There are any number of myths and misconceptions on the Christian life circulating in our culture today. One of most prevalent is wondering if the Christian life is boring. If I asked for a show of hands to this question: Who has ever thought that being a Christian is a little boring? Would you raise your hand before you became a believer? Did you raise your hand now that you are a believer?

After all, no one has ever said we are a laugh-filled group. Nobody far from the heart of God has ever said, “I might not love Jesus, but his followers sure know how to party!” Does accepting Christ as savior transform us into an “old stuffed shirt.” Are all the rules of Christianity designed to make Christians miserable by prohibiting any fun.

Sometimes being a Christian can feel a little boring – I mean, God expects us to live in a righteous and holy manner, so how much excitement can our lives really have? The answer – a lot of excitement!

A familiar story in the Bible gives us an interesting perspective on this subject. That story is the parable of the prodigal son in Luke 15.

A young son said to his dad, who represents God, “I want my inheritance.” This was basically telling the father, “I wish you were dead!” because if you were I wouldn’t have to wait for my inheritance. The father gives him the money. The son immediately runs off to Las Vegas (not really) and parties the days and nights away. After squandering all the money and awakening in a pigsty, the son develops a plan of action. He will travel back to his house, apologize profusely, and throw himself on the mercy of his father. The best case scenario in this strategy is that His father will let him be a servant. Anything is better than sleeping in a pig pen and hoping he eats what the pigs eat, but going hungry.

He comes home expecting pointing fingers and stern lectures, but instead something weird happens. The father sees him from a distance and sprints to him and embraces him.  Before the son can even do his mea culpa, the father has already started planning the last thing he expected.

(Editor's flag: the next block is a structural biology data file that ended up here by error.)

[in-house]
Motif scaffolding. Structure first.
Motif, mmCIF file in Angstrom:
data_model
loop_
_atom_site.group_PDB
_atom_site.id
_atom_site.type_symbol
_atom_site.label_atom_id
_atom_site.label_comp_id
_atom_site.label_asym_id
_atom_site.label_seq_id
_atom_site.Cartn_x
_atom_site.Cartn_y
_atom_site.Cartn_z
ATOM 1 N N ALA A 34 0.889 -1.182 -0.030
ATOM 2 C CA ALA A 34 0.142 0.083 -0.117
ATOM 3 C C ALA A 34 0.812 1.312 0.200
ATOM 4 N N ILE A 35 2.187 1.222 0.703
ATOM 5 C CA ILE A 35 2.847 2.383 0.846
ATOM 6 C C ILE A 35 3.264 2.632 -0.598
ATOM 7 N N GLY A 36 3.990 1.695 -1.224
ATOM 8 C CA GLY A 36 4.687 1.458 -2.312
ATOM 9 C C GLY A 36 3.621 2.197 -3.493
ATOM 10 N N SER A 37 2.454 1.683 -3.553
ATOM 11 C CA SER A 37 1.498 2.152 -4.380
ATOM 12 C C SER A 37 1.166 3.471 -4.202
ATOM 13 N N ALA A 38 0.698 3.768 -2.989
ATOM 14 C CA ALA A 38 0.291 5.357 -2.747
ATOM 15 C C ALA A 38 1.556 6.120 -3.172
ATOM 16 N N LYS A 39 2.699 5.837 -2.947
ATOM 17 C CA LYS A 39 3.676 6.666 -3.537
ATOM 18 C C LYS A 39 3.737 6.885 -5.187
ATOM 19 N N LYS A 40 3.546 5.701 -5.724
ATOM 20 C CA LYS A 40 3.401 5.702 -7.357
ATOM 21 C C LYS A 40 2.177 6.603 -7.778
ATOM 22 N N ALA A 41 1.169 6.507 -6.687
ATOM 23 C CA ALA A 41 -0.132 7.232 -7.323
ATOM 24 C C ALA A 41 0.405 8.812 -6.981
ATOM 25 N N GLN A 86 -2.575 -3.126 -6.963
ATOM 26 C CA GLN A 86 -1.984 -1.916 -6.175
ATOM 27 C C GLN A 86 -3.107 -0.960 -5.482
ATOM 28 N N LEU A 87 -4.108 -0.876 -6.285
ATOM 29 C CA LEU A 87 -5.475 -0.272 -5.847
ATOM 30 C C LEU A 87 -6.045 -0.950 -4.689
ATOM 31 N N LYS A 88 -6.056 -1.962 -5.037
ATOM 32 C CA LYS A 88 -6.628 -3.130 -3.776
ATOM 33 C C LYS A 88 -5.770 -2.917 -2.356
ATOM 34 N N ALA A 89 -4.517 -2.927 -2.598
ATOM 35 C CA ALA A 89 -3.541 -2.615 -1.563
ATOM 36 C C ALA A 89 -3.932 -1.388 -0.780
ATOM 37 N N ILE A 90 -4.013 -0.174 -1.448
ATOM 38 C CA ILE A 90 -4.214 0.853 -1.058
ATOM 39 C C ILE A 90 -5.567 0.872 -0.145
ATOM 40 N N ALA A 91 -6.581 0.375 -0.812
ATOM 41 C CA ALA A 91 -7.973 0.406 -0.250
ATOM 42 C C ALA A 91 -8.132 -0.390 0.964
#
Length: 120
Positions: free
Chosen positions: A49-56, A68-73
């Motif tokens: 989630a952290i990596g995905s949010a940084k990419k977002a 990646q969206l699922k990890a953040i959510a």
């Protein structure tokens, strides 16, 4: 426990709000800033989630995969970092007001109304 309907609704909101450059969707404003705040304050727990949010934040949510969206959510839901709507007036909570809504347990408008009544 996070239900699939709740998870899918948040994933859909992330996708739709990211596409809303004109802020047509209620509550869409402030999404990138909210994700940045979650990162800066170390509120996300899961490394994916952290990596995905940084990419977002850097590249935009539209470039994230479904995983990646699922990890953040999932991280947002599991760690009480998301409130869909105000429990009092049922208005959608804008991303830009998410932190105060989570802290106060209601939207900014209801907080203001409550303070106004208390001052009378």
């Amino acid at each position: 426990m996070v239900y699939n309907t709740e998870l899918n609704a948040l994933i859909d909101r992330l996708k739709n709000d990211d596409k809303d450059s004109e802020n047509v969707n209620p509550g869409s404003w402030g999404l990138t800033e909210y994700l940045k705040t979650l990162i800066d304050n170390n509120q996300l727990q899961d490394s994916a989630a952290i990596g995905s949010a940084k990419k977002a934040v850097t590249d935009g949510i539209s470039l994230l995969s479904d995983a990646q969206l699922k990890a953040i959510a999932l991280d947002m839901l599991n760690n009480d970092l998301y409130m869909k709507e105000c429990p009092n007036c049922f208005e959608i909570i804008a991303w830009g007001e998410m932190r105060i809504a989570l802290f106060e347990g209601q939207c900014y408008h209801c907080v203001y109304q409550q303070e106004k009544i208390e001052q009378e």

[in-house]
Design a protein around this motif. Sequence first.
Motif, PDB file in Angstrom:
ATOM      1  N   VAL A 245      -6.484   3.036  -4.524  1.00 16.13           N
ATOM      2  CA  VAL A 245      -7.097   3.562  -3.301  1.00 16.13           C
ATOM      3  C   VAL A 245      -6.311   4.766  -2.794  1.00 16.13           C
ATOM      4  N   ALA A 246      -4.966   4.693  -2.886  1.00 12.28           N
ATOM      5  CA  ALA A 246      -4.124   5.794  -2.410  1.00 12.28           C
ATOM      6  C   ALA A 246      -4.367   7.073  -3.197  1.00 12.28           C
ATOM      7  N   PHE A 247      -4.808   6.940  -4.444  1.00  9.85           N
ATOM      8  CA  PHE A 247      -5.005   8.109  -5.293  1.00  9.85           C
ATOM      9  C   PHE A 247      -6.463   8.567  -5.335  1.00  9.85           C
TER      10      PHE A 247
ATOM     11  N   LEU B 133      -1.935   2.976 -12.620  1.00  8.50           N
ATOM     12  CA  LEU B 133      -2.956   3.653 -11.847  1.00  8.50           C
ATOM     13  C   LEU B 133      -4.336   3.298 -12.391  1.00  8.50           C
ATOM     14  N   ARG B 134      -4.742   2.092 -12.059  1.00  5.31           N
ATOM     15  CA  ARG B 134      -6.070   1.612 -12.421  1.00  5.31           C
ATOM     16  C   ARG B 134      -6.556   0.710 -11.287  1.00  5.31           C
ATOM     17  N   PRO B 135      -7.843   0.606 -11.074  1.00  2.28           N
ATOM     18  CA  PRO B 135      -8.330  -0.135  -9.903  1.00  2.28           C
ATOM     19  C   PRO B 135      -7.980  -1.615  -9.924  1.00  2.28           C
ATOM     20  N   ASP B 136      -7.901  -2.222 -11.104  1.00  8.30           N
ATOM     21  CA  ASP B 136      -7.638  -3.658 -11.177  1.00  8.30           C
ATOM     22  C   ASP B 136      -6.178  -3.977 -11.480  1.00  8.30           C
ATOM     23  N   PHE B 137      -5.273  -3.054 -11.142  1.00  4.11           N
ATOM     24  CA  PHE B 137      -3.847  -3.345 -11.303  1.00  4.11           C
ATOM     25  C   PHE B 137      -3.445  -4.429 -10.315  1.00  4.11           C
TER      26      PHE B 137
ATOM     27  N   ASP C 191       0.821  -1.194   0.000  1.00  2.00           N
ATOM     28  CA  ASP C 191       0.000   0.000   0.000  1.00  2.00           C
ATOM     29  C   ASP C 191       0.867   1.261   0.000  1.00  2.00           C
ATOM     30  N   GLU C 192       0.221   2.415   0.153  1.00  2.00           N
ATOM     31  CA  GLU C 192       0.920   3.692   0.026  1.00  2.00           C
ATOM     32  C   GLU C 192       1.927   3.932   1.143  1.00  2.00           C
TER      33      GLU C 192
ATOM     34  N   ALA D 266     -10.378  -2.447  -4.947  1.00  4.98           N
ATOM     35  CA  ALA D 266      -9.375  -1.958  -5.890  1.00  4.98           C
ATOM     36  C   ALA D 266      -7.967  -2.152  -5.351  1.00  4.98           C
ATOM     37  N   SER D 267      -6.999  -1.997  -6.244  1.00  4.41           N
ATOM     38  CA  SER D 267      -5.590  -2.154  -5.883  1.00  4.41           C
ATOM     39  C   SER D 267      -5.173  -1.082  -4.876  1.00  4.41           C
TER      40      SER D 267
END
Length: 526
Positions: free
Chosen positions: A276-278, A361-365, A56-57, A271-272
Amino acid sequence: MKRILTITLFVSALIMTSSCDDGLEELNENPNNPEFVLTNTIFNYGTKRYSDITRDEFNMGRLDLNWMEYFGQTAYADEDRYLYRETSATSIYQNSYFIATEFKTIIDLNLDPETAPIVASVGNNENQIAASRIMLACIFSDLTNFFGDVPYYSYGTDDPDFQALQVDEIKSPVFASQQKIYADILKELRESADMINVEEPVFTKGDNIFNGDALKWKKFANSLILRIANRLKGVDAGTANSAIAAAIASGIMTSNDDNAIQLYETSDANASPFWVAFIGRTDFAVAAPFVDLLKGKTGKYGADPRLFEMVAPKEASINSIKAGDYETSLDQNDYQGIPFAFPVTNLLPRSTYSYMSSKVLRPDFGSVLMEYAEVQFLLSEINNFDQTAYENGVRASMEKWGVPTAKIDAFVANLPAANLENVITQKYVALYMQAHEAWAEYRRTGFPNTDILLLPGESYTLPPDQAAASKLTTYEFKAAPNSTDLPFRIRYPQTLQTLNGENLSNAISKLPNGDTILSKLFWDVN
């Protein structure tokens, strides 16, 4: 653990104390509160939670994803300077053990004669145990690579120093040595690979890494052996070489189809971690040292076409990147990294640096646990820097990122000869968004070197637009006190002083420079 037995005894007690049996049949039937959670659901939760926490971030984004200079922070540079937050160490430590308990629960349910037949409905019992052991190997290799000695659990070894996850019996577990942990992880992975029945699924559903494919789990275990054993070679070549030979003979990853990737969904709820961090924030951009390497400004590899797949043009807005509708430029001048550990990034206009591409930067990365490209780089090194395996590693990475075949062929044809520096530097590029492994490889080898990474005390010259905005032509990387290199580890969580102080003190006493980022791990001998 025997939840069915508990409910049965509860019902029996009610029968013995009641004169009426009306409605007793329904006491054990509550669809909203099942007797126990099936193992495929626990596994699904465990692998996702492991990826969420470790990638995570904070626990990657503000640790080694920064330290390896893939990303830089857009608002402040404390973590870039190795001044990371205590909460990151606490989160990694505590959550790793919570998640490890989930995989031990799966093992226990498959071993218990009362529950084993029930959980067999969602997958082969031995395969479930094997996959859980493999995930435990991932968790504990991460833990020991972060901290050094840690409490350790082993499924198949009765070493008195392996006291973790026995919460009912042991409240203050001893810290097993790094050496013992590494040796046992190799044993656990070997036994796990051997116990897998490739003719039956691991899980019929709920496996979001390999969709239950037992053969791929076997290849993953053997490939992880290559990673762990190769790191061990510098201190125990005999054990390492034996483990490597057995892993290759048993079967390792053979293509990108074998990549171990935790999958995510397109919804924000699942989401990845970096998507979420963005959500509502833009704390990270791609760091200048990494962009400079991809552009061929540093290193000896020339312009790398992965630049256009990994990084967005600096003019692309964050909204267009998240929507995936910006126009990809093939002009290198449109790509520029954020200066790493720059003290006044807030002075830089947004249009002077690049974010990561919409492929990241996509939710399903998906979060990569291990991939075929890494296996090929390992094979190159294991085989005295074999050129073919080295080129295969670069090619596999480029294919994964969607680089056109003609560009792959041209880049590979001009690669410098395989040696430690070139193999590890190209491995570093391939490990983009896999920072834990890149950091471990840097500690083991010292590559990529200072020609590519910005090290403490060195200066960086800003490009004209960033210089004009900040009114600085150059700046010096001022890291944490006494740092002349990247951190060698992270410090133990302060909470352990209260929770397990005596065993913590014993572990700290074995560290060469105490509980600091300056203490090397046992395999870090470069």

A party. Instead of ridicule and revenge, he gets a party. Who does that? The idea that God fixes problems with parties doesn’t fit in with the whole perception of Christianity being boring.

Life doesn’t work that way. Imagine you made a major mistake at work. The company president calls you into his office and tells you that your mistake cost the business its biggest account and millions of dollars. He looks at you across his expansive desk and says, “You know what that makes me want to do? Throw you a party!”

Or, while you have infrequent arguments with your wife, last night you had a knock down drag out argument where you said some hurtful things to her in anger. So hurtful that you thought it wise to sleep on the couch.  The next day your wife is folding sheets mumbling something about men that you can’t quite make out. Then she takes a deep breath and says, “You really hurt my feelings. I guess my mom was right about you. I’m angry and disappointed. This whole thing makes me want to invite some friends over and throw a huge celebration in your honor!”

A note to all men who are reading this. It won’t happen. Our worst mistakes don’t end in parties, but in this story in the Bible, it did. But don’t miss the point. When given the opportunity to talk to a group of people, the picture Jesus drew of his Father was someone who met sinners with a welcome home party.

What if Christians were like that? What if Northstar became the place where failures found new beginnings? What if we offer hope in exchange for hurt, new in exchange for old, parties in exchange for pain. It all feels a little crazy, but I don’t think it would be boring.

This is not to say that the Christian life is one never ending party. Sometimes, a new Christian is surprised that his new life is not “more exciting,” as if the Christian life is supposed to be a thrill-a-minute extravaganza. No life is that. Boredom is something we must all overcome. Everyone stands in line at the grocery store, gets caught in traffic, or is given jobs he’d rather not do.

We also know it is not easy to follow Him (see Matthew 10:34-39)  It’s not easy, but is it supposed to be “boring”? Absolutely not.  Jesus said, “I have come that they may have life, and have it to the full.” – John 10:10.

Now that is something to party about.